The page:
Aromatase inhibitors are associated with a higher fracture risk than tamoxifen: a systematic review and meta-analysis
Tseng OL, Spinelli JJ, Gotay CC, Ho WY, McBride ML, Dawes MG. Aromatase inhibitors are associated with a higher fracture risk than tamoxifen: a systematic review and meta-analysis. Ther Adv Musculoskelet Dis. 2018 Apr;10(4) 71–90.
Background: In this paper, our aim was to systematically evaluate published evidence of bone fracture risk associated with tamoxifen and aromatase inhibitors in women aged 65 and under, and diagnosed with nonmetastatic breast cancer.
Methods: We comprehensively searched MEDLINE, EMBASE and CINAHL databases from January 1997 through May 2015, and reference lists of the selected articles to identify English-language randomized controlled trials and cohort studies of fracture risk. Two independent reviewers screened articles and assessed methodological quality using Risk of Bias assessment for randomized controlled trials and the Newcastle–Ottawa Scale for cohort studies. Fracture risk was estimated as pooled risk ratios using a random-effects model and inverse variance method.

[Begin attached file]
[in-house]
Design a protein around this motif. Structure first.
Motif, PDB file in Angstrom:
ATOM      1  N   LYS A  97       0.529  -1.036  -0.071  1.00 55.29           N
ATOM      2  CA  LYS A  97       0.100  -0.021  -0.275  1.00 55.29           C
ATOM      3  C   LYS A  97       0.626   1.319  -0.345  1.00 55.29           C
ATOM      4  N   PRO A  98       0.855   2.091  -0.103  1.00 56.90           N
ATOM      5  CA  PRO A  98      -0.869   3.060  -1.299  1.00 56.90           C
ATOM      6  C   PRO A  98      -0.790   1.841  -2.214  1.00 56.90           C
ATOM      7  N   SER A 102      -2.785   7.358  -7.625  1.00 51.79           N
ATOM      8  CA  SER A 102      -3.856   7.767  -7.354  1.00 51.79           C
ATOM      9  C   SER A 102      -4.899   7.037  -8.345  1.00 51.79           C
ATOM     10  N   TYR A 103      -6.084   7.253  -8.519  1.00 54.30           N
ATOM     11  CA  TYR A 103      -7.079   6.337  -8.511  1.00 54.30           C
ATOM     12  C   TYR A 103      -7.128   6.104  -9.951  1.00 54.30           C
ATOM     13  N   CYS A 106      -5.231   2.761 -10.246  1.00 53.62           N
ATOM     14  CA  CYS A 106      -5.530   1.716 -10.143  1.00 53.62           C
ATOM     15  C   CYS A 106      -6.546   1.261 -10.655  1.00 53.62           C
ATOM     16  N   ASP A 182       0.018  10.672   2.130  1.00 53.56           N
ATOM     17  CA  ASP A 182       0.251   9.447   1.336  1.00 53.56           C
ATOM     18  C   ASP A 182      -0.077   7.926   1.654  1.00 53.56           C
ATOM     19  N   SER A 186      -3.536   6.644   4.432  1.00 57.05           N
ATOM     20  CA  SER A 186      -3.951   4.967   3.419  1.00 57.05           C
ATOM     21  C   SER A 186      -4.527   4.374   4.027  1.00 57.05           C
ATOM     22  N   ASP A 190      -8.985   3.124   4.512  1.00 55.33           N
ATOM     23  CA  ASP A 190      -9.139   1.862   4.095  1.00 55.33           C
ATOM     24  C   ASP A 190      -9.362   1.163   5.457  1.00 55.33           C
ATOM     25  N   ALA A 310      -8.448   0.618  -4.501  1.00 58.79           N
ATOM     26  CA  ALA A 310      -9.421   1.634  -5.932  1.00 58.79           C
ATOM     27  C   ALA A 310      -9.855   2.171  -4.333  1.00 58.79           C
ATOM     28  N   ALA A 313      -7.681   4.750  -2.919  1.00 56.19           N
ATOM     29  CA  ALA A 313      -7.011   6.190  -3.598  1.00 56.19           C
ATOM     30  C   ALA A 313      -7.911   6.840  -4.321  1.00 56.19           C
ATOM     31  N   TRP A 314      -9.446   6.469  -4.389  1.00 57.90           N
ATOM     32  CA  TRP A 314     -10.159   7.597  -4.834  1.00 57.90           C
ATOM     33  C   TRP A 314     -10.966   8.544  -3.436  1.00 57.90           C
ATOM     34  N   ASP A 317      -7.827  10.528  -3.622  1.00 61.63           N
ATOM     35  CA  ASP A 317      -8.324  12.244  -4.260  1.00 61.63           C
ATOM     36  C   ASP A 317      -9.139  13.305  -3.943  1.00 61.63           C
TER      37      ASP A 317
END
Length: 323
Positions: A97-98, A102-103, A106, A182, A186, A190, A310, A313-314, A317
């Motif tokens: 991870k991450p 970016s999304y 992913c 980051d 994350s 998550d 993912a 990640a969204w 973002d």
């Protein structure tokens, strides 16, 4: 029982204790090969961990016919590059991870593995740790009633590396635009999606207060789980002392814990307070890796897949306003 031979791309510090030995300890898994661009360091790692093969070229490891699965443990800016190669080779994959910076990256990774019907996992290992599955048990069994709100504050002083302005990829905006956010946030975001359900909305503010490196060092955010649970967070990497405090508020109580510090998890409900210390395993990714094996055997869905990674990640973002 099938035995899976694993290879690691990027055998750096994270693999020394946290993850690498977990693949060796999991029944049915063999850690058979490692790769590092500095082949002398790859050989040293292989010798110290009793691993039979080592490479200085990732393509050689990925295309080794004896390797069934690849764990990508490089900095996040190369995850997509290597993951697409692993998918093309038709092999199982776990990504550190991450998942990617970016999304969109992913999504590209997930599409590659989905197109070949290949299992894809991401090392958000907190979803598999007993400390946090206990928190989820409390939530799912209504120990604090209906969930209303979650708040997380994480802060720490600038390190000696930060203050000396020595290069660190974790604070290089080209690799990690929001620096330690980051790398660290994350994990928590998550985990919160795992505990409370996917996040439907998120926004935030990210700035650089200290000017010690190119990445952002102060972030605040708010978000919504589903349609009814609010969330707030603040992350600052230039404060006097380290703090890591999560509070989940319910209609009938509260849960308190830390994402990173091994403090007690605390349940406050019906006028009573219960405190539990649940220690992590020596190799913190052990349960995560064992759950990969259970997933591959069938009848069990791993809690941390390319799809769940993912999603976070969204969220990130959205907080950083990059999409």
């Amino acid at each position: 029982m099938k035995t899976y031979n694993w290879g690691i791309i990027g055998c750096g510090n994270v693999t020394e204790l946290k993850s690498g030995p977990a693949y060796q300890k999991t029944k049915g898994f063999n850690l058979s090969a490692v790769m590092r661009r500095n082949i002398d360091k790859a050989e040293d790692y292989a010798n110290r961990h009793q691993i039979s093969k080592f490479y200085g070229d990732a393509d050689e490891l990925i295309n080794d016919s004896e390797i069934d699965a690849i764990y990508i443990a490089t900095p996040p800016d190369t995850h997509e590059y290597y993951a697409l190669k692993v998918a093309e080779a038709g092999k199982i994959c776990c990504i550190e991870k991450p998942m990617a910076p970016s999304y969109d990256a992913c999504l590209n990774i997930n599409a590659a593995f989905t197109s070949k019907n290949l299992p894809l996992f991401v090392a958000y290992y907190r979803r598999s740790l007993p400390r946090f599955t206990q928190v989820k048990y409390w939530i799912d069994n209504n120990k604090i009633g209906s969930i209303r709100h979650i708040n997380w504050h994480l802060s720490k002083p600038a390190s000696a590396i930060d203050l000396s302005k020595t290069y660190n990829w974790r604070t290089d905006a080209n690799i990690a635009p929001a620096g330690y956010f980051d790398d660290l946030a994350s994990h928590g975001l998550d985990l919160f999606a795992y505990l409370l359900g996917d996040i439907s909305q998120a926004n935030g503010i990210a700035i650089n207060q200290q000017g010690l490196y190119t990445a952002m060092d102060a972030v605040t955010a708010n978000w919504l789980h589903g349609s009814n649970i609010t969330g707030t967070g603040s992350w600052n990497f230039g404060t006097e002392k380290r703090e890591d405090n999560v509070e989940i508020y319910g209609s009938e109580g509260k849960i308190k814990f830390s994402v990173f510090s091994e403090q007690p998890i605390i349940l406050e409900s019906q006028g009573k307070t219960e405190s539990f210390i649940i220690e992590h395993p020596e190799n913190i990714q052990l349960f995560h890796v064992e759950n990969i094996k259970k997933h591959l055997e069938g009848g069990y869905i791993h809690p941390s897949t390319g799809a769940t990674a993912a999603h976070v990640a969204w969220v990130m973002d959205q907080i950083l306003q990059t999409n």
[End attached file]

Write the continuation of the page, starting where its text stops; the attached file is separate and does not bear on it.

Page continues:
Results: Of 1926 identified articles, 21 independent studies fulfilled our selection criteria. Similar fracture risk was observed in women treated and not treated with tamoxifen [pooled risk ratio (RR) 0.95; 95% confidence interval (CI) 0.84–1.07]. A 35% (95% CI 1.21–1.51) higher fracture risk was observed in the aromatase inhibitor group compared with the tamoxifen group. A 17% (95% CI 1.07–1.28) higher fracture risk was observed in the aromatase inhibitor group than the no aromatase inhibitor group. Compared with the tamoxifen group, aromatase inhibitor-associated fracture risk increased by 33% (pooled RR 1.33; 95% CI 1.21–1.47) during the tamoxifen/aromatase inhibitor treatment period, but did not increase (pooled RR 0.99; 95% CI 0.72–1.37) during the post-tamoxifen/aromatase inhibitor treatment period.
Conclusions: Fracture risk is significantly higher in women treated with aromatase inhibitors, especially during the treatment period. Tamoxifen is not associated with lower fracture risk while tamoxifen could potentially preserve bone mass. Better osteoporosis management programs, especially during the treatment period, are needed for this group of women.
Link: Sage Journal
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